Backups are primarily used for operational recoveries, to quickly recover an overwritten file or corrupted database.
The focus is on speed, both to back up and recover, and on data integrity. Archives, on the other hand, typically store a version of a file that's no longer changing, or shouldn't be changing.
Speed is less important in archives; even if the event is a legal action, you typically only have a few days to respond. Searchabilty is more critical in archives. In addition, importance is placed on the ability to scale data integrity and data retention over a long period of time, possibly decades. An archive is no longer limited to traditional files and images; most database applications have specific archive capabilities to allow the primary database to stay lean and fast while the archive is retained for research and compliance.
Email archiving applications are often the catalyst for establishing a separate archive process. It's important to realize that you are legally responsible to do more than just capture email.
When considering combining archive and backup onto a single platform, the decision will depend on the specific platform, what the organization's retention requirements are, and the expected goals of the backup and archive process.
Can tapes be used for archives?
While the vast majority of organizations consider tape for their long-term archives, and companies like Index Engines Inc. provide the ability to more effectively search for data on tape, there's a risk in counting on tape for the storage of archive data.
Just as disk has become a popular addition to the backup process because of the concerns about recovery from tape, data that's archived to tape should be considered just as vulnerable. It's difficult to develop an ongoing process to verify the integrity of tape, leading to greater concerns the longer the media sits on a shelf. There's also a simple technology issue. Even if your retention requirements are only seven years, think back seven years ago -- LTO-1 or LTO-2 was becoming the standard, DLT in the Super DLT form was still considered competition. What's the likelihood that the LTO-1 tape that's been sitting on the shelf can be read and successfully restored from in the new LTO-4 drives in your data center? Anecdotal stories of sub-50% success rates aren't uncommon.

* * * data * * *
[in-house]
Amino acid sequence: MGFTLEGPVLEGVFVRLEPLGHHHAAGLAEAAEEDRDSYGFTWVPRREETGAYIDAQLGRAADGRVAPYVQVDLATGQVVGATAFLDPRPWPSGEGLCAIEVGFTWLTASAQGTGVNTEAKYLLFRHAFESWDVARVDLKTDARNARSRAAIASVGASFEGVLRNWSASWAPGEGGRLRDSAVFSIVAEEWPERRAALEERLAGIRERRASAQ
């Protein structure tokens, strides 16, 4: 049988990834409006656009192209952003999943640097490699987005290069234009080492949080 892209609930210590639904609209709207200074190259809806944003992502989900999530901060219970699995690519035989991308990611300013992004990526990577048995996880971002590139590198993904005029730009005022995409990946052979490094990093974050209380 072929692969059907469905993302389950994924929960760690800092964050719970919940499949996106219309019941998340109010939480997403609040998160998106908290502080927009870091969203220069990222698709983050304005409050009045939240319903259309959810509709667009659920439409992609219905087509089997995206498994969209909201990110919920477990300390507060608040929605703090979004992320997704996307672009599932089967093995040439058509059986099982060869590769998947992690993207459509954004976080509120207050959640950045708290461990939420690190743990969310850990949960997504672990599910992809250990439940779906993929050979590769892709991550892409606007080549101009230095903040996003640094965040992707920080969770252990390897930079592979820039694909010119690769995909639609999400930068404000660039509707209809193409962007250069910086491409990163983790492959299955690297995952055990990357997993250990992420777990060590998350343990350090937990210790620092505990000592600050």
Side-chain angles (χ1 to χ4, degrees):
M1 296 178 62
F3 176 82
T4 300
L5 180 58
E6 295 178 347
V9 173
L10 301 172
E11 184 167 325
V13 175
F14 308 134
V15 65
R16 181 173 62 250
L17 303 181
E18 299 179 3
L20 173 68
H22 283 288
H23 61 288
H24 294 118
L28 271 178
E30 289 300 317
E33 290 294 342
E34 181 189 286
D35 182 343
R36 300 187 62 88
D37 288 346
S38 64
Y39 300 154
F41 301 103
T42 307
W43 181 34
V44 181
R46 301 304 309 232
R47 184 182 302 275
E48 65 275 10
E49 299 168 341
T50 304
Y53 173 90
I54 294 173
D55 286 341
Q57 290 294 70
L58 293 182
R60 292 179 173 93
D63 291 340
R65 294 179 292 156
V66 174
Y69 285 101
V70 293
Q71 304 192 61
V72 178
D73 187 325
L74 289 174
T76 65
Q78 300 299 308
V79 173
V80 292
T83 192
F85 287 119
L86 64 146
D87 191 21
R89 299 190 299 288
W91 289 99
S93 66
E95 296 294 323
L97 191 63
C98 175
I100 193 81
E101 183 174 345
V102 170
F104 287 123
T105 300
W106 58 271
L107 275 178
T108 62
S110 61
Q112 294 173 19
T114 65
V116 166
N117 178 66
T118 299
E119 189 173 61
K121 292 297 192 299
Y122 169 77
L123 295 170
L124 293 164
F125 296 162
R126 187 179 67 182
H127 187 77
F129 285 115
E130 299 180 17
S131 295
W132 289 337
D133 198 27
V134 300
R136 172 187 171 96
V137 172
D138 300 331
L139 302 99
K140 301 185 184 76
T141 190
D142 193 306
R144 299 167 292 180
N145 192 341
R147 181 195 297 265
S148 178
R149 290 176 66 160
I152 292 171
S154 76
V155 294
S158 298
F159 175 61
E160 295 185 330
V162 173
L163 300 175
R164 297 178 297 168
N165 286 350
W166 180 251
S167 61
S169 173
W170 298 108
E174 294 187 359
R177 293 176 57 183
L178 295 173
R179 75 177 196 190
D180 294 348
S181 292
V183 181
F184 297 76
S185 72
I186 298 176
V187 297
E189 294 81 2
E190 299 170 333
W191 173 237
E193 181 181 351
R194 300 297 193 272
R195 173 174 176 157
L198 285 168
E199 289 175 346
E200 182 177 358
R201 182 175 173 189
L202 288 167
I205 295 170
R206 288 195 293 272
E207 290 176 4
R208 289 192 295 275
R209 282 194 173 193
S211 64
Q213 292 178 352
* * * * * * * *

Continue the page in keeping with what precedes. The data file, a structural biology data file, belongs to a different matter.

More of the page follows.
Even if the hardware works, how are you going to find a piece of data that's seven years old from hundreds -- and possibly thousands -- of tapes? Most backup applications don't keep their metadata (the data about the data being backed up) very long. In fact, the average length of time is approximately 90 days to 120 days. After that, it's up to your records-retention skills or the person who had your job before you, or even the person before them. Recovery of data this old is most likely going to require guesswork, plenty of manual scans and lots of time.
Should you use disk for archives?
The thought of keeping all archives on disk may seem impossible and costly, but companies like EMC Corp., Hewlett-Packard Co. and Permabit Technology Corp. are delivering technology today to make a disk archive that can last for 25, 50 or 100 years a reality. But, the disk drive you start with today won't be the same disk drive that you use 100 years from now (if we still even use disk drives 100 years from now).
While disk also makes combining the process of backup and recovery into a single platform more realistic than tape, a best practice is to have a specific system for archives. Archives have different retention requirements, different recovery needs and different searchability requirements than backups.
Most disk-based archive systems present themselves as a network mount point, which makes access over time realistic. Unlike a seven-year-old tape drive, you access a CIFS or NFS mount in an almost identical fashion from seven years ago as you do today.